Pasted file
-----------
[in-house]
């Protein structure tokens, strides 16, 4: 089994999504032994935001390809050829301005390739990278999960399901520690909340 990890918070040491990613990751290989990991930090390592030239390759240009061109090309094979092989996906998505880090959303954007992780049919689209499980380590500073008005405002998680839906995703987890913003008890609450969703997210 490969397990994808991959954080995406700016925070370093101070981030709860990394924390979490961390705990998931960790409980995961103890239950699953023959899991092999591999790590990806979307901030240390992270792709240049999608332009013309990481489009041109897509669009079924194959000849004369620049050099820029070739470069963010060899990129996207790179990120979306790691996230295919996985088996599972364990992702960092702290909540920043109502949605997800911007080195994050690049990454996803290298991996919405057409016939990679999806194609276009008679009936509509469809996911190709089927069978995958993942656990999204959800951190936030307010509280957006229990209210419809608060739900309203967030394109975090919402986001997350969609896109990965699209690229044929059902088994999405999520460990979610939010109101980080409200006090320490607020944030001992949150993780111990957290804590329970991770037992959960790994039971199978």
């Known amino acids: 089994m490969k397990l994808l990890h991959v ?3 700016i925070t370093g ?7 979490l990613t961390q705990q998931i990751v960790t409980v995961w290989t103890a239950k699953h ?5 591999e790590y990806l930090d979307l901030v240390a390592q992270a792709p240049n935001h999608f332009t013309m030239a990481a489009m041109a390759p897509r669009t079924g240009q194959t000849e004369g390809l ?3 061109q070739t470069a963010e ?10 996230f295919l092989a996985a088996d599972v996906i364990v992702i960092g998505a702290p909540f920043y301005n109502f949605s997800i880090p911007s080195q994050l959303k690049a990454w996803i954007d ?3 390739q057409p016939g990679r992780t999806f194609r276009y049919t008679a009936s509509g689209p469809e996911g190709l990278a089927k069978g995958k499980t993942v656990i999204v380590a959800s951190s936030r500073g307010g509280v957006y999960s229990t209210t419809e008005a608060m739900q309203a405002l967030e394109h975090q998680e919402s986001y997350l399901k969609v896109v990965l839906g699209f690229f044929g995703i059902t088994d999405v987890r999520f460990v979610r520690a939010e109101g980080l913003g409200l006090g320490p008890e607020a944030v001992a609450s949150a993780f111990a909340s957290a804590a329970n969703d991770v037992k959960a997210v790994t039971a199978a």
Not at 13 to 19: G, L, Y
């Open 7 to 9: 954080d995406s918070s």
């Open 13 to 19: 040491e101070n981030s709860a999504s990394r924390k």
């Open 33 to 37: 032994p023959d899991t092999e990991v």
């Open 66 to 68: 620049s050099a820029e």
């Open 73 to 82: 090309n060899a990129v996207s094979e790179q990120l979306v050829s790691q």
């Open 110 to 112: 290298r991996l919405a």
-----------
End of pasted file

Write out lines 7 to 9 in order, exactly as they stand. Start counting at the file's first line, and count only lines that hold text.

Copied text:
């Open 33 to 37: 032994p023959d899991t092999e990991v």
């Open 66 to 68: 620049s050099a820029e």
């Open 73 to 82: 090309n060899a990129v996207s094979e790179q990120l979306v050829s790691q």